© 2024 WGLT
A public service of Illinois State University
Play Live Radio
Next Up:
0:00 0:00
Available On Air Stations

Kevin Hart And Amy Schumer: The New King And Queen Of Comedy

Kevin Hart was the most successful comedian last year. He's seen here speaking at the official convention of the National Association of Theatre Owners in Las Vegas.
Alberto E. Rodriguez
Getty Images for CinemaCon
Kevin Hart was the most successful comedian last year. He's seen here speaking at the official convention of the National Association of Theatre Owners in Las Vegas.

There are two "firsts" in the list of highest-paid comedians that was put out by Forbes on Tuesday: For the first time in a decade, someone other than Jerry Seinfeld tops the rankings; and a woman is in the top 10 for the first time, according to Forbes' tally.

Kevin Hart ended Seinfeld's decade of dominating the list of highest-paid comedians in decisive fashion, using his tour of huge venues to earn $87.5 million — roughly double the $43.5 million that Seinfeld, the next-most successful comedian on the list, made in the same period from June 2015 to June 2016, Forbes reports.

Amy Schumer is the first woman to break into the list of comedy's top earners, with $17 million netting her the fourth spot in the rankings. And like Hart — who says on his Twitter bio, "My name is Kevin Hart and I WORK HARD!!" — Schumer is building on her recent success.

Schumer, 35, is on a world tour that will send her to Australia later this year; like Hart, she's currently playing U.S. venues that normally host NBA games. Her book, The Girl with the Lower Back Tattoo, earned Schumer a $9 million advance last September and has become a best-seller since its release in August.

Hart, 37, is widening his exposure even more: He just launched a batch of for-pay "Kevmojis" that use his expressions to liven up smartphone texts, and his concert/action film What Now? will hit theaters on Oct. 14.

The earnings shuffle comes after years in which the path to comedy super-stardom followed a familiar pattern: Comedians make a career on the road, get a solid radio or TV break, and then maybe they parlay TV into the movies. The pattern worked for comedians from Milton Berle to Joan Rivers; from Robin Williams and Eddie Murphy to Jerry Seinfeld.

Although he's a star, Hart doesn't headline a TV show, and while ubiquitous in film, he's shy of being a matinee idol. Comedians like Hart and Schumer and others have broken the mold by using social media, merchandising and the Web to speak — and sell — directly to fans.

For Hart, here's how Forbes' Madeline Berg explains his huge year:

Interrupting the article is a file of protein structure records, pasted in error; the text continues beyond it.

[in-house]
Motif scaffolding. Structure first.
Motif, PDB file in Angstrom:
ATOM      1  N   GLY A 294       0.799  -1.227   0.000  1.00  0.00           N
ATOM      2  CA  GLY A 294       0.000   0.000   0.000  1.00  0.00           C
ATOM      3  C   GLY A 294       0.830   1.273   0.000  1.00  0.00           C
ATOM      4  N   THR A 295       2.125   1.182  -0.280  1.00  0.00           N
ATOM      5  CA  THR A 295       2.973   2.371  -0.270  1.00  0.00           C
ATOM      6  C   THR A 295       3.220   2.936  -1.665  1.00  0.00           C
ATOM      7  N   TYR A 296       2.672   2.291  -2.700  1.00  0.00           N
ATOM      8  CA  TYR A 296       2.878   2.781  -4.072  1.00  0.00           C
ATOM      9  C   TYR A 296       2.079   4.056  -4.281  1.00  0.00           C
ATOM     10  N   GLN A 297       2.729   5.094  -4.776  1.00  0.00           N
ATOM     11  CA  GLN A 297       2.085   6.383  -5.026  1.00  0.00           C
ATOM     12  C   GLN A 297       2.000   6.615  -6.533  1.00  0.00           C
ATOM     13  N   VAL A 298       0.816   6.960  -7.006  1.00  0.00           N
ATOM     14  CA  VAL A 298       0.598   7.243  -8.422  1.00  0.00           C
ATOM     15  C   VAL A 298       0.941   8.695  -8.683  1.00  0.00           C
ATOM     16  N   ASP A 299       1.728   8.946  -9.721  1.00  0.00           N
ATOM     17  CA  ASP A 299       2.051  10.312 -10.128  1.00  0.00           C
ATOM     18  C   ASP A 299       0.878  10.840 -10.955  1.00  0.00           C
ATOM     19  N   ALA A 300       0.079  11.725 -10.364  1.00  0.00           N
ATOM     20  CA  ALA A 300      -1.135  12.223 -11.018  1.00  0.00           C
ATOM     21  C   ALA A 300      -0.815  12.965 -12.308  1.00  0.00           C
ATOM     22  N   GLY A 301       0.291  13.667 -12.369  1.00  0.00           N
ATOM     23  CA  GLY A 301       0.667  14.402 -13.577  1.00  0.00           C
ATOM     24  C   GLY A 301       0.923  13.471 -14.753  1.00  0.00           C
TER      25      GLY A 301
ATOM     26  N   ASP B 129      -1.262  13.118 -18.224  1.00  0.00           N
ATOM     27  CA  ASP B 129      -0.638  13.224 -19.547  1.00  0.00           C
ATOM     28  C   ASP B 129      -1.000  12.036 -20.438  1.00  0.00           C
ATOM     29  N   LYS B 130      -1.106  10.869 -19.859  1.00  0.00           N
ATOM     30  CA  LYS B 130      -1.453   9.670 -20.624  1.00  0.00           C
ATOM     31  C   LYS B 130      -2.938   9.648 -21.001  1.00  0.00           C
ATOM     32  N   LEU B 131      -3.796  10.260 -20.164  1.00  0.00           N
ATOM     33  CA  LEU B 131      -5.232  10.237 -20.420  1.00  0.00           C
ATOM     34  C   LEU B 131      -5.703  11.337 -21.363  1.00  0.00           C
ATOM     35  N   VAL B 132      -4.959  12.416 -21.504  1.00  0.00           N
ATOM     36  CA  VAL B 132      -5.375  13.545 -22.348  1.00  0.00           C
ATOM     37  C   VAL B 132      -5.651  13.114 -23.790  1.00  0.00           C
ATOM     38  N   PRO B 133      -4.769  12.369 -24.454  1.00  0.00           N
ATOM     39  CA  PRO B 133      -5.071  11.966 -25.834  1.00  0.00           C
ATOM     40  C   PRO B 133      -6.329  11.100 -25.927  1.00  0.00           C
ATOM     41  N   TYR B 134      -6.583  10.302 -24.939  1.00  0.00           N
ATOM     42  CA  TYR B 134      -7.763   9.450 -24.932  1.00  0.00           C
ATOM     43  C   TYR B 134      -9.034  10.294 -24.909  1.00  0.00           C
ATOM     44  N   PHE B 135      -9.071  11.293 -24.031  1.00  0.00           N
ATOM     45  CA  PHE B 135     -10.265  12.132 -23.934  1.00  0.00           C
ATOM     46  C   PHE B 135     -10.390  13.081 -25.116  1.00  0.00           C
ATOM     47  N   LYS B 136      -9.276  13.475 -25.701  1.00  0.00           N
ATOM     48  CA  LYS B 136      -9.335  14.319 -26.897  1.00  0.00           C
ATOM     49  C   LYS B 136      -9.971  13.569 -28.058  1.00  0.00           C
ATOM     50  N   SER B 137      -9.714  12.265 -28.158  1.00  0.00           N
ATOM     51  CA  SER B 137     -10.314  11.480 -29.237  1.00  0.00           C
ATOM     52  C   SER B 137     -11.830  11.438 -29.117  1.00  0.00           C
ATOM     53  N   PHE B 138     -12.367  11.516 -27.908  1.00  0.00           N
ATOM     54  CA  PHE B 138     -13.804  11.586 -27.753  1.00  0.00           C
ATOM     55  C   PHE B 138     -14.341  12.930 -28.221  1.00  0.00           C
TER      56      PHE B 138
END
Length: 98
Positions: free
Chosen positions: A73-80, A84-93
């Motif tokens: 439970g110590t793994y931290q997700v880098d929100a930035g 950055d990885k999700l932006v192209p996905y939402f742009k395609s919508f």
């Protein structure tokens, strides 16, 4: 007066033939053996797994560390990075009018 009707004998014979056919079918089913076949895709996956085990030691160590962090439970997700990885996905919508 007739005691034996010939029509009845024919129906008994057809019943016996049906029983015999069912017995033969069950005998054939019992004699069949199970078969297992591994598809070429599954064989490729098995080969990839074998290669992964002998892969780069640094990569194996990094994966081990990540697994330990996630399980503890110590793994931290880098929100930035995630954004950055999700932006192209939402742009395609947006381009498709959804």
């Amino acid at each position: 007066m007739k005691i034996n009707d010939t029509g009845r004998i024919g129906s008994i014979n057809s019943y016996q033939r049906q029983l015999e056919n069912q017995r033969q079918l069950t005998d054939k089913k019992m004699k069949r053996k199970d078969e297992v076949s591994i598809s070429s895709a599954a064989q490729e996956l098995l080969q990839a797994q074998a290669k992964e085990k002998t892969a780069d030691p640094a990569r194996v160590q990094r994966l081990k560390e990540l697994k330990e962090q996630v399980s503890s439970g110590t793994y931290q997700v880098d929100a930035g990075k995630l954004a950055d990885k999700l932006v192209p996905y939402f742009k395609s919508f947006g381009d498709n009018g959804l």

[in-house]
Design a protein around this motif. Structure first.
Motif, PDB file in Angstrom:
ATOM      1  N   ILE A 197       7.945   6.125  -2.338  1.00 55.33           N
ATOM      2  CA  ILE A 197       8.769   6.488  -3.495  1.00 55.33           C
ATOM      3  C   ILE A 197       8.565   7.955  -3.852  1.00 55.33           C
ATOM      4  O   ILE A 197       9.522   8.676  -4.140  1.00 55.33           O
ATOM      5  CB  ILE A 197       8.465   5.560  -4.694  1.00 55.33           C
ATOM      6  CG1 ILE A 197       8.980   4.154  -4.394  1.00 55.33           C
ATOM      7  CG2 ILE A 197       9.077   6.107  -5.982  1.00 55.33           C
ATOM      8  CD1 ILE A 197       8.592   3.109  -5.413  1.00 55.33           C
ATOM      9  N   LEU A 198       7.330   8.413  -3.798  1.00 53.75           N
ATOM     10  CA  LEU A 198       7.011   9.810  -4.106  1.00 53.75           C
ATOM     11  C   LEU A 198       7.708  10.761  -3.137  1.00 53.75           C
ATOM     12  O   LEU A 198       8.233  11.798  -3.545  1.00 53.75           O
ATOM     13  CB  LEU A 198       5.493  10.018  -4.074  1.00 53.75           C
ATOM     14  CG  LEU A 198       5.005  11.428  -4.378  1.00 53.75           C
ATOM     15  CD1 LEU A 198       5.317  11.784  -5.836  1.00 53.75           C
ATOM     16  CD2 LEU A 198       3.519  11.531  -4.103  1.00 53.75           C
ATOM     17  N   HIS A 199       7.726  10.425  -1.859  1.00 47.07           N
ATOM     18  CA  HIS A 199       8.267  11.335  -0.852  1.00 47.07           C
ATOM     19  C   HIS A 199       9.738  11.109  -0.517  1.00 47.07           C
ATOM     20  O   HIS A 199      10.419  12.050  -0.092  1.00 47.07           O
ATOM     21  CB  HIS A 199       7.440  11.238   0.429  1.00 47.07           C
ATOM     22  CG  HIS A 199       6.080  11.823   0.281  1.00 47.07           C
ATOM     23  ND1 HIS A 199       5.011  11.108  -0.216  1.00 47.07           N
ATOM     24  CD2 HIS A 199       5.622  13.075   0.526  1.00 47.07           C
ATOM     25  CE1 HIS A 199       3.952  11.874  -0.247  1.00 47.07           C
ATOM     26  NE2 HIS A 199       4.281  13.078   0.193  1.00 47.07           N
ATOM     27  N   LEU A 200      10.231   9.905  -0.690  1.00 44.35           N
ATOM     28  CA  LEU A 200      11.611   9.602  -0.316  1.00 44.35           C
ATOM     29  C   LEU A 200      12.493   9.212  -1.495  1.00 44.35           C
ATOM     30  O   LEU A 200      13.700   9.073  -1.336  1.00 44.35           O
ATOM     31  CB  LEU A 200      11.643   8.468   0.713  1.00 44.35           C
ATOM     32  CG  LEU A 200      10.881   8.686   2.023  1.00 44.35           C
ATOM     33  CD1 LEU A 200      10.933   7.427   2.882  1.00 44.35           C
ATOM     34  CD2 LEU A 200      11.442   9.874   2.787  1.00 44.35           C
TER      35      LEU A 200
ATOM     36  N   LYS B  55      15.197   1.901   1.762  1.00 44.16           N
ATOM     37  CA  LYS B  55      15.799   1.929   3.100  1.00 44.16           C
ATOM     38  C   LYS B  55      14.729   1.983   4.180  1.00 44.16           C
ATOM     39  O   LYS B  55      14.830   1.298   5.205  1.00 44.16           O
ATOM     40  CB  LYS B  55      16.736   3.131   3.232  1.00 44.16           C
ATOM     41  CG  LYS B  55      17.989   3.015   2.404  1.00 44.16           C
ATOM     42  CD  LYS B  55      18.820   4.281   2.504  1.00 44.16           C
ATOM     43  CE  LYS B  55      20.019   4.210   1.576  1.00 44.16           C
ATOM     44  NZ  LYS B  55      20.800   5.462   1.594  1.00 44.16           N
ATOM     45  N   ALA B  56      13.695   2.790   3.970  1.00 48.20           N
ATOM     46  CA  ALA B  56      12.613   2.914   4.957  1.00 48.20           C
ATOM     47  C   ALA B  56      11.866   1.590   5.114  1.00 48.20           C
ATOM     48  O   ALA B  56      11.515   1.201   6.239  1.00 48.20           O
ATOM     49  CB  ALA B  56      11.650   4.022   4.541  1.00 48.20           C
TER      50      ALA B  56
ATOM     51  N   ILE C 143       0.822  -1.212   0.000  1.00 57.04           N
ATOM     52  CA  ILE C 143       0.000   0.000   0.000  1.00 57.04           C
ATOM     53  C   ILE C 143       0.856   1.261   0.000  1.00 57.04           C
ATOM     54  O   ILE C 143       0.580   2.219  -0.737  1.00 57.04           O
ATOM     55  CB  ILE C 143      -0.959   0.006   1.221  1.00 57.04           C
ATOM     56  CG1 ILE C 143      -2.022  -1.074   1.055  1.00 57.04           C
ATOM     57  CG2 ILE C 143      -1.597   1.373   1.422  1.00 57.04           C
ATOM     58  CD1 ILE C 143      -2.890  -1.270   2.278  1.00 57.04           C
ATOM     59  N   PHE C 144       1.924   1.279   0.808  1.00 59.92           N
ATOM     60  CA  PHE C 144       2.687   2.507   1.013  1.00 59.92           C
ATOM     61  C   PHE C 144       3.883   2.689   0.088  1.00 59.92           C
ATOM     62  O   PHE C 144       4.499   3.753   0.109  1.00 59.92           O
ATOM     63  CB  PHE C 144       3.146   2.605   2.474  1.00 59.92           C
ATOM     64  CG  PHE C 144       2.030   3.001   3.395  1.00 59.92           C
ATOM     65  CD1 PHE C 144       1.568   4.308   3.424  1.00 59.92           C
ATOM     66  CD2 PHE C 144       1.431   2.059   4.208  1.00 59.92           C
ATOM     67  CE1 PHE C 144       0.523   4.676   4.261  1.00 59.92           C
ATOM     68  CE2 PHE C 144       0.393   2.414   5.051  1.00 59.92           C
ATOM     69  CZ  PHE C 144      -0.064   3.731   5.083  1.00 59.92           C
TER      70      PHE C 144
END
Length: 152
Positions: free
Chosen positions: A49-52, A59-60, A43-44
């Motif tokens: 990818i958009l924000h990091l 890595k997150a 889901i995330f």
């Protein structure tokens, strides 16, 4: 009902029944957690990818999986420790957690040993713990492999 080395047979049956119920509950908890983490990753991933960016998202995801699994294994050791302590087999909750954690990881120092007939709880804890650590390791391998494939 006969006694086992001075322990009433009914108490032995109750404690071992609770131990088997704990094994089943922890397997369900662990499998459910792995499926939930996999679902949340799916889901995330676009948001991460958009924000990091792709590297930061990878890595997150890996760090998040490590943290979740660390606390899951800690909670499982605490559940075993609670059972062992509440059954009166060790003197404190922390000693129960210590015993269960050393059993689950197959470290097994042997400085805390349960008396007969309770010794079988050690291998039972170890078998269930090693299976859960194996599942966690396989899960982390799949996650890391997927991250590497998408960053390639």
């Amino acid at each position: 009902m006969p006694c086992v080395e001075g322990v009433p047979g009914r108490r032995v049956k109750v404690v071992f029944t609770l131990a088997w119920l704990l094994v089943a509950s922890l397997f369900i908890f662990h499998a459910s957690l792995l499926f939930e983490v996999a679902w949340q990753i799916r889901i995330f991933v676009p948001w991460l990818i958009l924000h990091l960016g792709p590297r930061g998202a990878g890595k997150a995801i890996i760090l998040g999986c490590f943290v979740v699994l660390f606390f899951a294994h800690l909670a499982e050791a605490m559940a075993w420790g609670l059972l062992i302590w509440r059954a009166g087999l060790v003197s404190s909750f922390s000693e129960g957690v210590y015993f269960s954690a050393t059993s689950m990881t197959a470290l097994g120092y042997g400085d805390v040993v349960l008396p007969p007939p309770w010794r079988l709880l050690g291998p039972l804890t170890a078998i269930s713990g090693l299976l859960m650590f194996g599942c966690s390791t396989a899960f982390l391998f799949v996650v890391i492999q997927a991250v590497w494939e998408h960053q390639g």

"In the 12 month period, Hart played over 100 shows with an average gross of over $1 million at each stop. And these shows aren't at dingy comedy clubs; Hart played stadiums and arenas, including Madison Square Garden and the Staples Center. Because the stand-up comedian's set requires little more than a stool, water bottle and microphone, he takes home a larger cut of that gross than most rock stars would."

Gary Bongiovanni, editor of the concert trade publication Pollstar, tells Berg, "Only a few comedians [are] capable of playing sports arenas the way that Kevin Hart does."

The short list of comedians who can fill an arena now includes Schumer — whose show at Washington, D.C.'s Verizon Center was recently reviewed by The New York Times.

"It's been an insane year," Schumer is quoted as saying onstage. "I've gotten very rich, famous and humble."

Forbes' rankings require concert sales to account for most of the stars' revenue from one summer to the next. But both Schumer and Hart are also cashing checks from Comedy Central — in her case for Inside Amy Schumer, which will see its fifth season next year, and in his case for Hart of the City, a new show about comedy on the road that's set to debut Sunday.

With Seinfeld in the second spot, the Forbes top five also includes Terry Fator at No. 3 with $21 million — due to his successful career in Las Vegas — followed by Schumer. At No. 5 is Jeff Dunham, with $13.5 million.

Copyright 2021 NPR. To see more, visit https://www.npr.org.

Sonari Glinton is a NPR Business Desk Correspondent based at our NPR West bureau. He covers the auto industry, consumer goods, and consumer behavior, as well as marketing and advertising for NPR and Planet Money.
Bill Chappell is a writer and editor on the News Desk in the heart of NPR's newsroom in Washington, D.C.